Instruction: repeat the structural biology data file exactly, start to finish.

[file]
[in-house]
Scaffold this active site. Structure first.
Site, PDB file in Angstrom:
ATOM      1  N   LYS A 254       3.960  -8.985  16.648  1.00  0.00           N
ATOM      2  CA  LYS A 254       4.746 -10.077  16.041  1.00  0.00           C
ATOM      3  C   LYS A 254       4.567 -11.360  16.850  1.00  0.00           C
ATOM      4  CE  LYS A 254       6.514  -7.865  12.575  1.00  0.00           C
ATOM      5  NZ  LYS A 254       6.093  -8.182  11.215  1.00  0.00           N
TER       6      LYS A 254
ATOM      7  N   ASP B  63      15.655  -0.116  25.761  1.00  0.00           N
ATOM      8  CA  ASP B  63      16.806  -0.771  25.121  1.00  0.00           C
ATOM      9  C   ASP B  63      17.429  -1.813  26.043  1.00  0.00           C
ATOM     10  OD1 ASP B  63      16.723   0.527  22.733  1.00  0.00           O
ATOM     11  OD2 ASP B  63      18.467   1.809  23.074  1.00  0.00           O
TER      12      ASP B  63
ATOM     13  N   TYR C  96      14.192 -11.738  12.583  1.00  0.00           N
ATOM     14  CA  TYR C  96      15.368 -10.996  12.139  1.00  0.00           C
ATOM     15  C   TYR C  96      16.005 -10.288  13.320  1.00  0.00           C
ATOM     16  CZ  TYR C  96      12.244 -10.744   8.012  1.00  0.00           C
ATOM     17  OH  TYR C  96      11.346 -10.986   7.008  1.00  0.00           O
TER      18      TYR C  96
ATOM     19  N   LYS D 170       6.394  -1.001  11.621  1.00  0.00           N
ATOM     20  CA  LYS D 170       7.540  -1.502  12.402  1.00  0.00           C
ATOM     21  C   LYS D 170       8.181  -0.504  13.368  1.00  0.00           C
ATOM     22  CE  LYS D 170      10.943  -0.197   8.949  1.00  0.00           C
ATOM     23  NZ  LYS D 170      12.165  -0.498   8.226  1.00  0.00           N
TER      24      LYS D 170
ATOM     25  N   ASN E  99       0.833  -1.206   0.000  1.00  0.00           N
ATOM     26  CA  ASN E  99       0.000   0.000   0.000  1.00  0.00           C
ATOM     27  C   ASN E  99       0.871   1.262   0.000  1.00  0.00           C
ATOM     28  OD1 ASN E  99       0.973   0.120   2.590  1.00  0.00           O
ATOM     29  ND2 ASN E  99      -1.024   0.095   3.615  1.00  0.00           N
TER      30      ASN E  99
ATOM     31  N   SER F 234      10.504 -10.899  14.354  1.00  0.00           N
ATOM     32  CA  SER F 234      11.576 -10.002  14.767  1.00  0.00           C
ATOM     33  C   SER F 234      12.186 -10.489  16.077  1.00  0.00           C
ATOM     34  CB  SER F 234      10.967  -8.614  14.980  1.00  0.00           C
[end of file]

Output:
[in-house]
Scaffold this active site. Structure first.
Site, PDB file in Angstrom:
ATOM      1  N   LYS A 254       3.960  -8.985  16.648  1.00  0.00           N
ATOM      2  CA  LYS A 254       4.746 -10.077  16.041  1.00  0.00           C
ATOM      3  C   LYS A 254       4.567 -11.360  16.850  1.00  0.00           C
ATOM      4  CE  LYS A 254       6.514  -7.865  12.575  1.00  0.00           C
ATOM      5  NZ  LYS A 254       6.093  -8.182  11.215  1.00  0.00           N
TER       6      LYS A 254
ATOM      7  N   ASP B  63      15.655  -0.116  25.761  1.00  0.00           N
ATOM      8  CA  ASP B  63      16.806  -0.771  25.121  1.00  0.00           C
ATOM      9  C   ASP B  63      17.429  -1.813  26.043  1.00  0.00           C
ATOM     10  OD1 ASP B  63      16.723   0.527  22.733  1.00  0.00           O
ATOM     11  OD2 ASP B  63      18.467   1.809  23.074  1.00  0.00           O
TER      12      ASP B  63
ATOM     13  N   TYR C  96      14.192 -11.738  12.583  1.00  0.00           N
ATOM     14  CA  TYR C  96      15.368 -10.996  12.139  1.00  0.00           C
ATOM     15  C   TYR C  96      16.005 -10.288  13.320  1.00  0.00           C
ATOM     16  CZ  TYR C  96      12.244 -10.744   8.012  1.00  0.00           C
ATOM     17  OH  TYR C  96      11.346 -10.986   7.008  1.00  0.00           O
TER      18      TYR C  96
ATOM     19  N   LYS D 170       6.394  -1.001  11.621  1.00  0.00           N
ATOM     20  CA  LYS D 170       7.540  -1.502  12.402  1.00  0.00           C
ATOM     21  C   LYS D 170       8.181  -0.504  13.368  1.00  0.00           C
ATOM     22  CE  LYS D 170      10.943  -0.197   8.949  1.00  0.00           C
ATOM     23  NZ  LYS D 170      12.165  -0.498   8.226  1.00  0.00           N
TER      24      LYS D 170
ATOM     25  N   ASN E  99       0.833  -1.206   0.000  1.00  0.00           N
ATOM     26  CA  ASN E  99       0.000   0.000   0.000  1.00  0.00           C
ATOM     27  C   ASN E  99       0.871   1.262   0.000  1.00  0.00           C
ATOM     28  OD1 ASN E  99       0.973   0.120   2.590  1.00  0.00           O
ATOM     29  ND2 ASN E  99      -1.024   0.095   3.615  1.00  0.00           N
TER      30      ASN E  99
ATOM     31  N   SER F 234      10.504 -10.899  14.354  1.00  0.00           N
ATOM     32  CA  SER F 234      11.576 -10.002  14.767  1.00  0.00           C
ATOM     33  C   SER F 234      12.186 -10.489  16.077  1.00  0.00           C
ATOM     34  CB  SER F 234      10.967  -8.614  14.980  1.00  0.00           C